Our reliance on deficits to prop up spending while incomes stagnate has left us poorer economically and has weakened our national unity and democracy, writes Philip Cross.
By Philip Cross, October 8, 2019
After Canada’s debt crisis erupted with the near-bankruptcy of Saskatchewan and Newfoundland in 1993 and then engulfed the federal government in 1994, a consensus solidified that deficits harmed the economy and were to be avoided in almost all circumstances.
While the anti-deficit consensus began fraying earlier in some provinces, it remained largely in place at the federal level into the 2015 election, when two of the three main parties ran on a platform of balancing the books unless the economy was in recession.
However, the Liberal’s unexpected 2015 victory on a platform of running small deficits to finance spending targeted to infrastructure opened the political floodgates to higher deficits. The Liberals quickly overshot their promised deficit ceiling and reneged on a pledge to balance the budget by the end of their first term.
In the 2019 election, no major party promises to balance the budget by the end of its first term as they compete to buy the votes of an electorate too busy inflating their personal debt to be unduly concerned about the government’s.
The track record since 2015 does not justify this indifference to deficits. Canada has little to show for four years of more federal borrowing. Economic growth has slowed, with real GDP per capita rising by an average of just 0.5 per cent in the past four years compared with 0.9 per cent in the previous four (and a peak of 3.9 per cent in the late 1990s when the federal government consistently ran large surpluses).
Nor has overall infrastructure spending risen significantly. Some projects were slow to rollout, while the Parliamentary Budget Office documented how provincial governments cutback their investment when the federal government increased its spending on infrastructure. Instead of building iconic megaprojects, like the St Lawrence Seaway, most federal spending was dissipated on transfers to people and higher benefits for the public service, which has mastered latching onto tax dollars crossing its desk for its own benefit.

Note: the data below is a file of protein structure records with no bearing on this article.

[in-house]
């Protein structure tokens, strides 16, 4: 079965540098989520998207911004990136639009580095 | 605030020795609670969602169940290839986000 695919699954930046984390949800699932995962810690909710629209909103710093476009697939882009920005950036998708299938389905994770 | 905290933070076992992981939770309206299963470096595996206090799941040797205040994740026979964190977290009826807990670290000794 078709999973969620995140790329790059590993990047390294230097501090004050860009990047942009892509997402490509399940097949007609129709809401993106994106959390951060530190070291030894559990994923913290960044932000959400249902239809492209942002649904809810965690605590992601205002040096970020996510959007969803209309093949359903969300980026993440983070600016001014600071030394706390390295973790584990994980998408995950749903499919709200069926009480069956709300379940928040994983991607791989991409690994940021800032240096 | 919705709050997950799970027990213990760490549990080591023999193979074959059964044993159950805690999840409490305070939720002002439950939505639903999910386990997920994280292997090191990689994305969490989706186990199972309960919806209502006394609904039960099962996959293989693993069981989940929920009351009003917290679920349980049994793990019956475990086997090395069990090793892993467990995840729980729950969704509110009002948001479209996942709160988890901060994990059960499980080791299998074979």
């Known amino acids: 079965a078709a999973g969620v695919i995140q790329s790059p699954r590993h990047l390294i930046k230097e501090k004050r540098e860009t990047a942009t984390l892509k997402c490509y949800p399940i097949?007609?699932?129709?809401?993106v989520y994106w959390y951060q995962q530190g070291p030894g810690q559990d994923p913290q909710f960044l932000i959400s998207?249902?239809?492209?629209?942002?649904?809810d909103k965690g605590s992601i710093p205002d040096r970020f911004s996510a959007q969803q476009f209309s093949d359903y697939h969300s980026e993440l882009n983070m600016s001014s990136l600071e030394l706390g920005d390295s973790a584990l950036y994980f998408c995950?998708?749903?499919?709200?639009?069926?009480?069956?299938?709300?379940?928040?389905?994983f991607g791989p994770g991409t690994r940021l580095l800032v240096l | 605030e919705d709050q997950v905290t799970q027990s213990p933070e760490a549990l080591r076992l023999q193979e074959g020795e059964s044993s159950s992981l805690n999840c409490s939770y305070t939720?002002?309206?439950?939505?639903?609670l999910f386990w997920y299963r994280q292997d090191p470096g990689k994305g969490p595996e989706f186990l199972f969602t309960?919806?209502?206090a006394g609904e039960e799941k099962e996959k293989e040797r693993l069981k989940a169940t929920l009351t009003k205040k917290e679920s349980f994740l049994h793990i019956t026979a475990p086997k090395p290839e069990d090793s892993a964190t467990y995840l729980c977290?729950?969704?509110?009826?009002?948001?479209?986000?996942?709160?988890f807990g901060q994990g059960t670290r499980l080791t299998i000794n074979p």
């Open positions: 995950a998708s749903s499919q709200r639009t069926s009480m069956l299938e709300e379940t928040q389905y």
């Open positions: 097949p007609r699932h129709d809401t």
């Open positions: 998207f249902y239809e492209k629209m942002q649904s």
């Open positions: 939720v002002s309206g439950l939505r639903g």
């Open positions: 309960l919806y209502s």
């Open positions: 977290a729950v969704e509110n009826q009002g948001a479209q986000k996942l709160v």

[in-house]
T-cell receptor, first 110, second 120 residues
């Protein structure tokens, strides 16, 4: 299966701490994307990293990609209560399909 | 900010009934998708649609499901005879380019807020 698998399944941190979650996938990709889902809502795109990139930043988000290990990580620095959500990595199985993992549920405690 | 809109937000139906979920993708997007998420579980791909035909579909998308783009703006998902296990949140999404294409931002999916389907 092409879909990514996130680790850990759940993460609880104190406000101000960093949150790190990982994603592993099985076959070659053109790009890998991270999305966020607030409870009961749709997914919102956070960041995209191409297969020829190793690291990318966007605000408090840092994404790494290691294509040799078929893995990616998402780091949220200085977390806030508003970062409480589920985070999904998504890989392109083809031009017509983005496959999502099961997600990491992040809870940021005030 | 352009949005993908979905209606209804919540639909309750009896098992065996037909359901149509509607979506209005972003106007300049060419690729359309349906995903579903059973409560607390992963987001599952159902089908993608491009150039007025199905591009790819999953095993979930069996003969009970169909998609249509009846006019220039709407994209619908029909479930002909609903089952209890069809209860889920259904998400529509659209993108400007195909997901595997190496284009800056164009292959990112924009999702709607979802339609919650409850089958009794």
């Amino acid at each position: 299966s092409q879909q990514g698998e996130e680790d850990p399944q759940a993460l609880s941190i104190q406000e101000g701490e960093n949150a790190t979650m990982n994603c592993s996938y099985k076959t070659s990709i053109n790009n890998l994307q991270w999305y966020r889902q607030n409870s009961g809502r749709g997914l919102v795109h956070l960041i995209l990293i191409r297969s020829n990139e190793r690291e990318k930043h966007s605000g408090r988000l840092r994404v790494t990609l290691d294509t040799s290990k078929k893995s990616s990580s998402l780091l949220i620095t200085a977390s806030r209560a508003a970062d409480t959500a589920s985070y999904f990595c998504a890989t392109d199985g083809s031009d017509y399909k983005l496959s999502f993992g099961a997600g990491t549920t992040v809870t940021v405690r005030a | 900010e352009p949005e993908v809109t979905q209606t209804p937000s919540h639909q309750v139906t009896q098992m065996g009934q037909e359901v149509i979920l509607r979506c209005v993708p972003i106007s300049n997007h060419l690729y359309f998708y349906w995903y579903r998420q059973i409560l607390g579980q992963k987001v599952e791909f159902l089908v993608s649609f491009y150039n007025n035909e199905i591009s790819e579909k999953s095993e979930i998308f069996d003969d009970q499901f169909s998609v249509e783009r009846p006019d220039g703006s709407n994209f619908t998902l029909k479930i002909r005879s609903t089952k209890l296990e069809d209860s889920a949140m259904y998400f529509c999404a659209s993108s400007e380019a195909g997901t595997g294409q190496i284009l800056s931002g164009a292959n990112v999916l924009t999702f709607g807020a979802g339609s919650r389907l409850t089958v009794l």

One enduring legacy of deficit spending is a higher level of debt, a pointed rock lying in wait of the next ship weighed down by either interest rate hikes or, more likely, a global recession. Cyclical economies such as Canada’s with its large resource and manufacturing base need to be especially prudent about taking on debt, but this has been forgotten in recent years.
Also ignored is the lesson of the risk of soaring economy-wide debt levels learned bitterly by the U.S. in 2008 and Europe in 2010, never mind our own experience from the 1990s.
Some will argue that federal government debt by itself is not a concern. However, the government cannot disassociate itself from the sharply rising amount of debt in all sectors of Canada’s economy in recent years, including provincial governments, households and corporations.
Government encouraged the rise in household debt both by lowering interest rates to historically low levels and by the example of its own return to deficit-spending while arguing that there is no risk attached to more debt. Federal and provincial governments have taken co-ordinated moves to slow the growth of housing debt, a hypocritical acknowledgment of its adverse effect on both soaring housing prices and increased risk to the financial system.
Canada’s deficit-fuelled spending binge has helped to temporarily paper over the consequences of a further slowing of income growth, a chronic problem since the global financial crisis erupted in 2008.
The only permanent solution to persistent slow growth is a return to higher levels of savings and investment, which drives productivity and ultimately higher incomes. Instead of cultivating an environment that spurs more innovation and productivity, we are bogged-down in destructive debates pitting the less well-off against higher income earners and one region versus another.
The result has left us poorer economically while weakening our national unity and democracy. That is the unfortunate legacy of our unsustainable reliance on deficits to prop up spending while incomes stagnate.
Philip Cross is the former chief economic analyst at Statistics Canada and Munk senior fellow at the Macdonald-Laurier Institute.